Retainers are a core part of the old school D&D experience. Specifically here as in all posts on this blog I’ll be focusing on the basic and expert system, and specifically the OSE expansion to this system.
There are a number of rules I use to help make buying retainers go quickly. I use a fair bit of homebrew glue to run the kind of style of game I’m looking for, and hopefully this blog can provide an explenation for my reasonings.
Lets start with the contract.
The adventuring party promises to pay this individual an amount equal to the total XP to increase them from their current level to the next level, of their class, divided by one thousand, plus a half share of the loot.
The party is therefore expected to provide an estimate for the duration of the quest beforehand, a full briefing on what the quest entails, and pre-payment for this estimate.The Free Labour Union of Adventuring Assistants
It is of course, possible to offer above market rates for a +2 chance to have the retainer accept the contract, or beneath market rates for a -2 chance to have the retainer accept the contract. To generate what would be fairly considered above or beneath market rates, half or add one half to the total amount expected, and round it to the closest convenient value.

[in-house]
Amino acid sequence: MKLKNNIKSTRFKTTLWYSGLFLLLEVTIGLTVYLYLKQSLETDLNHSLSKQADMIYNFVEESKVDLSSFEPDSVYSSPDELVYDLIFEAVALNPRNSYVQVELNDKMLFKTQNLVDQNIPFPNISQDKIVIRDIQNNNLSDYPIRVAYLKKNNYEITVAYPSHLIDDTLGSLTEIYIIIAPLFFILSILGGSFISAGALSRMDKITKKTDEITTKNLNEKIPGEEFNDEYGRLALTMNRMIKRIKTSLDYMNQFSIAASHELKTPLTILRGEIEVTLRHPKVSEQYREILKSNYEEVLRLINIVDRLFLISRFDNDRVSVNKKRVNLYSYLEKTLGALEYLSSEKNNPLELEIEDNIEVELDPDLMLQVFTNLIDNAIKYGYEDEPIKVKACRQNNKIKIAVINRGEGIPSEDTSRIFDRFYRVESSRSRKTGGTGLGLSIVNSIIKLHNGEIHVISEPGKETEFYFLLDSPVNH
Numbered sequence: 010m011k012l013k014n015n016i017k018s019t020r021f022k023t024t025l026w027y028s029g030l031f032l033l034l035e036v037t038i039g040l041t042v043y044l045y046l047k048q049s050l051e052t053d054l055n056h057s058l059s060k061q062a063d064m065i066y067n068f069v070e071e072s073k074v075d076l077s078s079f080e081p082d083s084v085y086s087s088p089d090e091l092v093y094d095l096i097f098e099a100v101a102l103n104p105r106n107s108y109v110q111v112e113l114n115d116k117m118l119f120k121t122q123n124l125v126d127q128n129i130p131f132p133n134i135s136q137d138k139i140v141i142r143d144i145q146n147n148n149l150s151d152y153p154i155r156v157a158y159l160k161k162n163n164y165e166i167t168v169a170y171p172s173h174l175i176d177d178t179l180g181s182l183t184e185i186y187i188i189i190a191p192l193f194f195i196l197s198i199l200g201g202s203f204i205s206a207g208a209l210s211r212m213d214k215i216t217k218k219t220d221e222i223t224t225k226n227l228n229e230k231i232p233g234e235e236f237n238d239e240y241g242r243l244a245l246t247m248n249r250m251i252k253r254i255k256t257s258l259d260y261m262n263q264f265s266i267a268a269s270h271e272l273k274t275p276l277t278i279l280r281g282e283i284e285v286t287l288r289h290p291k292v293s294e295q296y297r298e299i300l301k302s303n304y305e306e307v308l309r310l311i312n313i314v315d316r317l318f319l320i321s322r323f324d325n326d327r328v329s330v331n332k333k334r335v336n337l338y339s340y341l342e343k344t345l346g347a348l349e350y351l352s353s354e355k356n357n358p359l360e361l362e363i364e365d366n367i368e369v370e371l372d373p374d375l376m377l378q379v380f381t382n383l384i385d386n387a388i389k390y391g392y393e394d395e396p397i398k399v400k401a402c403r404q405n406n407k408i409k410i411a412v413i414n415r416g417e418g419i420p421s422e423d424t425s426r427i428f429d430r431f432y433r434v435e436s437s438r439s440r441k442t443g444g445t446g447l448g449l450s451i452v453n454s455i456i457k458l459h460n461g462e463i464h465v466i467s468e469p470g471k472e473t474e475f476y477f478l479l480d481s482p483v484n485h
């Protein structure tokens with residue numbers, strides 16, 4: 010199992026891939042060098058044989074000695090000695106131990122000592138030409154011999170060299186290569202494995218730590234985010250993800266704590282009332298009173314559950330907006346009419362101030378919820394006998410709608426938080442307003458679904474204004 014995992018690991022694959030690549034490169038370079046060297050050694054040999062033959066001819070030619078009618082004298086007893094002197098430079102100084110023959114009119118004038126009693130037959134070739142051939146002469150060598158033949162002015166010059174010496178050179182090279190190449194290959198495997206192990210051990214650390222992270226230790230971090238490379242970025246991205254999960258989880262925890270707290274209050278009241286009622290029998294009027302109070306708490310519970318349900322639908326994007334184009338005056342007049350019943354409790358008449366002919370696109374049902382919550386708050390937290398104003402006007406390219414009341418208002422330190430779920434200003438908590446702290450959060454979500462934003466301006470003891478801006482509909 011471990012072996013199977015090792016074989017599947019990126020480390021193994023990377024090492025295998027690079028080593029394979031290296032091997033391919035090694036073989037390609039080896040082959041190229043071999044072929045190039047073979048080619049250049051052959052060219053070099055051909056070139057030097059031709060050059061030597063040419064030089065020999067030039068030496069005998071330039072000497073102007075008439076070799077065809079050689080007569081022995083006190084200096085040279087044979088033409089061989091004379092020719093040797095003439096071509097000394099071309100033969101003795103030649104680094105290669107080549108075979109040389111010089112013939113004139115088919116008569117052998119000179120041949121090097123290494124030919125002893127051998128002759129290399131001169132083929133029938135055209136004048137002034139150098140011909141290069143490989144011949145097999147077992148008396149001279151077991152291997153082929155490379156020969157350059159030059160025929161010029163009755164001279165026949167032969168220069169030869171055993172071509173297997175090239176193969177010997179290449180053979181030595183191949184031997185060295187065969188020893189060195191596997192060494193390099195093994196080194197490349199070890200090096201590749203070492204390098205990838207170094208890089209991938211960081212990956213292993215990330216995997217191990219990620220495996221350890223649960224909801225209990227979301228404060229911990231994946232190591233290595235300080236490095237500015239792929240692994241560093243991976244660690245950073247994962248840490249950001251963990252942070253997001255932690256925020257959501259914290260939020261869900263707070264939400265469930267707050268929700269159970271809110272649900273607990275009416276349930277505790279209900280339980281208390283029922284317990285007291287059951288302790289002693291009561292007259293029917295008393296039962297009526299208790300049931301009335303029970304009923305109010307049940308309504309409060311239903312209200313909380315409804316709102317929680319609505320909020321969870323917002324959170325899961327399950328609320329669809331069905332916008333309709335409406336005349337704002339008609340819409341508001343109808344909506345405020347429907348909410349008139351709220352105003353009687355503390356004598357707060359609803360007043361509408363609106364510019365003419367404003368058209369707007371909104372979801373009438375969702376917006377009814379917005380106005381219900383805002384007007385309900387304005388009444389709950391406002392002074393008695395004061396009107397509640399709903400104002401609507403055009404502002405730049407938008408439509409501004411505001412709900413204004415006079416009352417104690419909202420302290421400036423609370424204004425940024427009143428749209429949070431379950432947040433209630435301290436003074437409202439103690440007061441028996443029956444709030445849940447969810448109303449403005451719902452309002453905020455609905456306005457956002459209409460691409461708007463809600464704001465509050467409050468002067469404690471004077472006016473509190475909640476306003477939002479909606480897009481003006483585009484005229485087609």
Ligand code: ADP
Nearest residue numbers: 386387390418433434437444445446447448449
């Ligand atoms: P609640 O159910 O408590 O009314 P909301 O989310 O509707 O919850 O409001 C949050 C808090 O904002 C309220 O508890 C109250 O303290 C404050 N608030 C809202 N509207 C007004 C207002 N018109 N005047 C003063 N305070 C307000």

For maximum level retainers, just double their previous pay grade, but really they ought to be adventueres rather than retainers by that point.
This gives the following rough numbers.
The logic behind this, is that a retainer who received no share of loot (which they consider unlikely) would like to level up over the course of a three year adventuring career, essentially for doing nothing more than would be expected of a normal human (carrying torches, looking after mules).
This does mean, like XP, that the cost of a retainer eventually stagnates. This is why it’s worth restricting retainer availability with a system like this. Yes they can hire a level 13 thief for the same cost as a level 9 thief, but only if they themselves are level 13, and have found a level 13 thief retainer willing to work for them.
You’ll be able to read more about my retainer attraction rules for an explorative fantasy game more on this blog when I finally get around to writing them up.
Oh, as a quick final note, if players want to hire a single day service with no chance of a share of the treasure, divide their XP cost by 50 instead of by 1000 to generate how much gold they want. You’ve found a level 6 cleric who can cast remove curse on you, but they want a 500 gold (25000/50) donation to their temple in exchange.
These numbers are all subject to change as I play around with them, but as of the date of publication these are the numbers I’m using.